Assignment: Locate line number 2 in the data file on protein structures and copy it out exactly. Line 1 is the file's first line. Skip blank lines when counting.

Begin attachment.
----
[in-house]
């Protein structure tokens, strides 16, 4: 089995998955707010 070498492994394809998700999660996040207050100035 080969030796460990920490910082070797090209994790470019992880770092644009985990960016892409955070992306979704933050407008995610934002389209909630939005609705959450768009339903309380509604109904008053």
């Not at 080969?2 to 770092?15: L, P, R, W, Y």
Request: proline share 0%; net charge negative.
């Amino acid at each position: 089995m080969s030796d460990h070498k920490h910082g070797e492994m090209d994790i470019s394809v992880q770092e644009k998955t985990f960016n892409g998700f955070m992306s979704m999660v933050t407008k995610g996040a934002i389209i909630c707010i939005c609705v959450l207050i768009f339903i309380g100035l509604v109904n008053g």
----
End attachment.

């Protein structure tokens, strides 16, 4: 089995998955707010 070498492994394809998700999660996040207050100035 080969030796460990920490910082070797090209994790470019992880770092644009985990960016892409955070992306979704933050407008995610934002389209909630939005609705959450768009339903309380509604109904008053």